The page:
Executives find little time for health
The UAE is taking part in the World Health Organisation's 1,000 Cities, 1,000 Lives campaign this weekend – but professionals in the country say they are either too busy or too tired to take good care of their health.
The five-day campaign, which ends today, was held in conjunction with World Health Day to highlight the theme Urban Health Matters.
According to WHO, all population growth over the next 30 years will take place in urban areas, creating health challenges related to water, the environment, violence, non-communicable and lifestyle diseases related to the use of tobacco, unhealthy diets, physical inactivity and other factors.
The UAE organised a number of activities during the campaign with the Ministry of Health aiming to educate 25,000 people on ways to change the patterns of their daily lives. However, professionals say they are either too busy or too tired after a long day at work to pay much attention to their health.
"I work for very long hours," A Percival, a manager working for an airline in Dubai, told Emirates Business. "I am usually in the office by 8.30am and more often than not, I work late into the evening as we are a service industry and have to solve all issues on the spot for passengers and staff alike.
"By the time I get home, I am so tired I don't have time to exercise. It's unhealthy but there is nothing I can do."
Deepika Mittal, a senior executive at a research firm, said: "I do exercise over the weekend but I need to improve my eating habits. By the time I get home I am too tired to cook. So we usually end up ordering food from outside, which is anything but healthy."
R Joseph, who works for a public relations firm, said: "I usually don't have the time for a proper lunch break, so I end up eating at my desk so that I can continue working on my computer and don't lose precious time."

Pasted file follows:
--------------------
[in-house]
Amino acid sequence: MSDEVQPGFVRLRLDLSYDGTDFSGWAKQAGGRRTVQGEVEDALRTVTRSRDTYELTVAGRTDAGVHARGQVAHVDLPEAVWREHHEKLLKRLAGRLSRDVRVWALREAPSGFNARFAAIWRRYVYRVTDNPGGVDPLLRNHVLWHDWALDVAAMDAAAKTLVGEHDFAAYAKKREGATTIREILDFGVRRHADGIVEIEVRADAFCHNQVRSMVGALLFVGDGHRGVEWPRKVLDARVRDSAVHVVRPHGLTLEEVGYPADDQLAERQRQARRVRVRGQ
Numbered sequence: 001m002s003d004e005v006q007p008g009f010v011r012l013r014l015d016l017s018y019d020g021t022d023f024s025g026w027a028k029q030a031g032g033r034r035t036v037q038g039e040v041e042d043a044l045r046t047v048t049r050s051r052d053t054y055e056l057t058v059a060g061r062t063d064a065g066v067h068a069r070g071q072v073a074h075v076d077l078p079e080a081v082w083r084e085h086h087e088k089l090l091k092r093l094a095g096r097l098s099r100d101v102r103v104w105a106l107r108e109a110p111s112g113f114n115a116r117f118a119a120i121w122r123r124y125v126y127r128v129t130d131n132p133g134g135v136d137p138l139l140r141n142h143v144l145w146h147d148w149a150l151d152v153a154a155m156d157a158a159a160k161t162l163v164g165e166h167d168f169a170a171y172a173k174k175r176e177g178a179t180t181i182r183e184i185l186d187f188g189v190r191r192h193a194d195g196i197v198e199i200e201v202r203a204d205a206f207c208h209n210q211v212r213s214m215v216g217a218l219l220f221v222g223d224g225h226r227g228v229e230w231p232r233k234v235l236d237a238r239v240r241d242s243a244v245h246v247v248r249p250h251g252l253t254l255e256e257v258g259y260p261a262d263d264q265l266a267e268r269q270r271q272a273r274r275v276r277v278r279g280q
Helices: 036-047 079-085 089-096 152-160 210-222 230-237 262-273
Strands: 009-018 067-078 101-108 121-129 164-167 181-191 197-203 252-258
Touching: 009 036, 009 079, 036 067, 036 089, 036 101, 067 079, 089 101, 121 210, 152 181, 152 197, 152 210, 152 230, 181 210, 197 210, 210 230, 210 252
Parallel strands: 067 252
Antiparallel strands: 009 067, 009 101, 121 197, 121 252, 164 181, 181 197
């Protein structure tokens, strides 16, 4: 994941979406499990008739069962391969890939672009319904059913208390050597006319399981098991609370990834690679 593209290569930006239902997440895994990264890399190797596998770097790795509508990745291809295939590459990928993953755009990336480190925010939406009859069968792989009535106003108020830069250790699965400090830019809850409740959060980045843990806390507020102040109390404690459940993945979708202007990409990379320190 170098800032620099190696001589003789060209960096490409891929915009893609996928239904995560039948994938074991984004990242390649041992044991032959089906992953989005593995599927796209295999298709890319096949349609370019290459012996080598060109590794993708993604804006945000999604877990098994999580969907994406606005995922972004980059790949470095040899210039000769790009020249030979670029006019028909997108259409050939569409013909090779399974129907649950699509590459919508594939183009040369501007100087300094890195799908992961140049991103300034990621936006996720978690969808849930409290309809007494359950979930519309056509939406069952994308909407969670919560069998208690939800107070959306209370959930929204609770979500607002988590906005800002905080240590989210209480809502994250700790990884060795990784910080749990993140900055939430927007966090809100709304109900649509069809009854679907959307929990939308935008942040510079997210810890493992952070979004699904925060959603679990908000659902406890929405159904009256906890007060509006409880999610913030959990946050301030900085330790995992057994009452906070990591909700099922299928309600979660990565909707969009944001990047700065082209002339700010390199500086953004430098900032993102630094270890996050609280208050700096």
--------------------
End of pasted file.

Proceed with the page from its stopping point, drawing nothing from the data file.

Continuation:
Doctors say that working long hours and not taking time out to exercise, eat healthy meals or take a break to give your mind and eyes a much-needed rest affects mental and physical health.
Dr Elhady Al Tayeb Abbas, Head of Internal Medicine at RAK Hospital, said major health issues faced by professionals in the UAE are diabetes, hypertension, obesity, back aches, cardiac conditions and stress.
"Apart from these, compliance is also a major problem as patients do not follow the line of treatment due to their hectic lives. Appointments are missed, medicines are not taken according to the schedule. This leads to further complications.
"Another issue that is rather disturbing is the occurrence of accidents. People travel long distances, and are not rested enough due to a lack of adequate sleep."
Dr Prashant Bhatia, ophthalmologist and Medical Director at Vista Healthcare Clinic in Dubai, said: "People who work for long hours at a computer without a break complain of headaches, blurred vision, neck pain, fatigue, eyestrain, dry, irritated eyes and difficulty refocusing the eyes."
He said long hours in front of computers can also lead to Computer Vision Syndrome, a common temporary condition caused by focusing our eyes on a computer monitor for long periods of time.
Both pointed to the importance of exercise, healthy diet and developing hobbies for working people, no matter how busy they were, indicating that failure to do so would negatively impact their health. Playing sports or pursuing a hobby like painting or photography helps a person to focus on something outside of work and help them to de-stress.
Dr Abbas said: "No matter how busy a person is, two things are critical – exercise and eating right."
Dr Bhatia said: "Proper rest for the eye and its muscles is recommended to relieve eyestrain. A routinely recommended approach is to consciously blink the eyes every now and then and look out the window at a distant object – doing this gives the eyes a rest."
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